The 5 is greater than the smallest child node of the empty root, the 2. We move the 2 up:

The 5 is also greater than the smallest child of the now-vacant node, the 3. We also move the 3 up:

The 5 is not greater than the only child of the now-vacant node, the 8. So we have found the target node for the 5, and we push the 5 there:

We have restored the min-heap condition.

The sift up and sift down operations may seem complex, but we can implement them both in 10 lines of Java code or less. You'll learn how in the next chapter.

## Source Code for Priority Queue with Min-Heap

The following source code shows how to implement a priority queue with a min-heap (class HeapPriorityQueue in the GitHub repository). Due to the length of the class, I am going to divide it into sections.

### Constructors

There are two constructors: one where you can specify the initial size of the array and a default constructor that sets the initial capacity to ten:

```
public class HeapPriorityQueue<E extends Comparable<? super E>> implements Queue<E> {
private static final int DEFAULT_INITIAL_CAPACITY = 10;
private static final int ROOT_INDEX = 0;
private Object[] elements;
private int numberOfElements;
public HeapPriorityQueue() {
this(DEFAULT_INITIAL_CAPACITY);
}
public HeapPriorityQueue(int capacity) {
if (capacity < 1) {
throw new IllegalArgumentException("Capacity must be 1 or higher");
}
elements = new Object[capacity];
}
```

Code language: Java (java)

### enqueue()

The `enqueue()`

method first checks if the queue is full. If it is, it calls the `grow()`

method, which copies the array into a new, larger array:

```
@Override
public void enqueue(E newElement) {
if (numberOfElements == elements.length) {
grow();
}
siftUp(newElement);
numberOfElements++;
}
private void grow() {
int newCapacity = elements.length + elements.length / 2;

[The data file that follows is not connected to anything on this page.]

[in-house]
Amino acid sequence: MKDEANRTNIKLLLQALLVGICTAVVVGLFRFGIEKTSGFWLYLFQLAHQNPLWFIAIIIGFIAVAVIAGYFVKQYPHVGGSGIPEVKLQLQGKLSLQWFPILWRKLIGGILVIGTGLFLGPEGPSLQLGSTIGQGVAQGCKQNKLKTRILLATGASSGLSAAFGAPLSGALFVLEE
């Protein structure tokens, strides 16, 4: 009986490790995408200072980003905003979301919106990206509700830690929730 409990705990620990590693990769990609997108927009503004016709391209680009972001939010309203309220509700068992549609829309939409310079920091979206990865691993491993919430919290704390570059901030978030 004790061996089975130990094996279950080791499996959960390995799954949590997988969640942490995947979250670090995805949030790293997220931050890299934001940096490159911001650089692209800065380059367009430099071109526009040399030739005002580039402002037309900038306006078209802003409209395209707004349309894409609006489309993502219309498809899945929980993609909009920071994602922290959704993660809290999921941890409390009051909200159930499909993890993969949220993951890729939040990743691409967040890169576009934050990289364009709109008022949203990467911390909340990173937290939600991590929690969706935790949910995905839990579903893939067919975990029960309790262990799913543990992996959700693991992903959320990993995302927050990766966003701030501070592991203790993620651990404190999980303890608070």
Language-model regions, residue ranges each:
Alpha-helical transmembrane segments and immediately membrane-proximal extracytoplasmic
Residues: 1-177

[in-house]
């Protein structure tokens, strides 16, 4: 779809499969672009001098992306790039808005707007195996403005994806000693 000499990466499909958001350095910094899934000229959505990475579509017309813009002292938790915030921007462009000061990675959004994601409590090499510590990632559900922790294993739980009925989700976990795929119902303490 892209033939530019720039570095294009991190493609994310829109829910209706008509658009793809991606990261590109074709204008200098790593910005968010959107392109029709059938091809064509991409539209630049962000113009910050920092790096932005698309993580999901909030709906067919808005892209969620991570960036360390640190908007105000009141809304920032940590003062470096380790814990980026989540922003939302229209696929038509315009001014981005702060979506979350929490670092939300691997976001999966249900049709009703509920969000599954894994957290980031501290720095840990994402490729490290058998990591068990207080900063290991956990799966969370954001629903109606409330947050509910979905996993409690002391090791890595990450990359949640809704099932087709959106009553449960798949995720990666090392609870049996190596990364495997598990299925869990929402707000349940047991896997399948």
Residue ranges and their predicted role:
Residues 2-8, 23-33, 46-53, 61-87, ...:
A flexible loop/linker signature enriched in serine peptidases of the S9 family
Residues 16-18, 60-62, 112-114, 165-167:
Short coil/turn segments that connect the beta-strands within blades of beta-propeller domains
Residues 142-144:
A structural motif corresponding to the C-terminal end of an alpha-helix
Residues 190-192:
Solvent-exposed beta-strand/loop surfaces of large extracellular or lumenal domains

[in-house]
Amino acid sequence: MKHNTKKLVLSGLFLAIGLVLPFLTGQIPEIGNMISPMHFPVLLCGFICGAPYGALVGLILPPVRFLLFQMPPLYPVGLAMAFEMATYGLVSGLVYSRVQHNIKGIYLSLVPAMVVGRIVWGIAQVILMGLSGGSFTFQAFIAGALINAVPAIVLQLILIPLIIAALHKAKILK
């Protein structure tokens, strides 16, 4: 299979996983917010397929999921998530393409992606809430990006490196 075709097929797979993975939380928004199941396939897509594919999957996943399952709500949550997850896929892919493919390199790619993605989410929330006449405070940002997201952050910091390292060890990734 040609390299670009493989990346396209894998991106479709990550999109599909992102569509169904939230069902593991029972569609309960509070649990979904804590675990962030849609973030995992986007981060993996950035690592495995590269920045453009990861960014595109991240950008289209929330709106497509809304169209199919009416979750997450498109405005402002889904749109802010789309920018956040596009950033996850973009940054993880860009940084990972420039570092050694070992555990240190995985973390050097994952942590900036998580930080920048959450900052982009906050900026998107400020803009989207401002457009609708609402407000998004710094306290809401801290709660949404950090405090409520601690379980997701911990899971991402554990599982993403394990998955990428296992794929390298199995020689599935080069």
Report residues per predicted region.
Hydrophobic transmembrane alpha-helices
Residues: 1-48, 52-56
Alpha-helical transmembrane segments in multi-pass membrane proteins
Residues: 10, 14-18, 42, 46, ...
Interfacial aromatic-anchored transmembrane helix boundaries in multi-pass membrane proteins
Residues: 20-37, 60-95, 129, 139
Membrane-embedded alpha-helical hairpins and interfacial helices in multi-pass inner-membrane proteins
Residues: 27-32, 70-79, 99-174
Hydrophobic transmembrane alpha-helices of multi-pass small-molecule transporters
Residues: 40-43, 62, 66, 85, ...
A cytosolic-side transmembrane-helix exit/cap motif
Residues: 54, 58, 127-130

elements = Arrays.copyOf(elements, newCapacity);
}
```

Code language: Java (java)

I have depicted the `grow()`

method in a very simplified way here since the focus should be on the `siftUp()`

and `siftDown()`

methods.

In the HeapPriorityQueue class in the GitHub repository, the `grow()`

method increases the array by factor 2 up to a specific size (64 elements) and, after that, by factor 1.5. It also ensures that we don't exceed a certain maximum size.

When we are sure that the array is large enough, we call the `siftUp()`

method:

### siftUp()

```
private void siftUp(E newElement) {
int insertIndex = numberOfElements;
while (isNotRoot(insertIndex) && isParentGreater(insertIndex, newElement)) {
copyParentDownTo(insertIndex);
insertIndex = parentOf(insertIndex);
}
elements[insertIndex] = newElement;
}
private boolean isNotRoot(int index) {
return index != ROOT_INDEX;
}
private boolean isParentGreater(int insertIndex, E element) {
int parentIndex = parentOf(insertIndex);
E parent = elementAt(parentIndex);
return parent.compareTo(element) > 0;
}
private void copyParentDownTo(int insertIndex) {
int parentIndex = parentOf(insertIndex);
elements[insertIndex] = elements[parentIndex];
}
private int parentOf(int index) {
return (index - 1) / 2;
}
```

Code language: Java (java)

Note that I tried to implement the algorithm as readable as possible (and not as performant as possible). The `parentOf()`

method is called three times in each iteration: once by `isParentGreater()`

, once by `copyParentDownTo()`

and once directly.

An optimized variant (OptimizedHeapPriorityQueue class in the GitHub repo, starting at line 74) shows a tweaked algorithm that calculates the parent index only once.

### dequeue()

The `dequeue()`

method retrieves the header element, removes the last element, and then calls `siftDown()`

, which ultimately moves this last element to its new position.

```
@Override
public E dequeue() {
E result = elementAtHead();
E lastElement = removeLastElement();
siftDown(lastElement);
return result;
}
private E removeLastElement() {
numberOfElements--;
E lastElement = elementAt(numberOfElements);
elements[numberOfElements] = null;
return lastElement;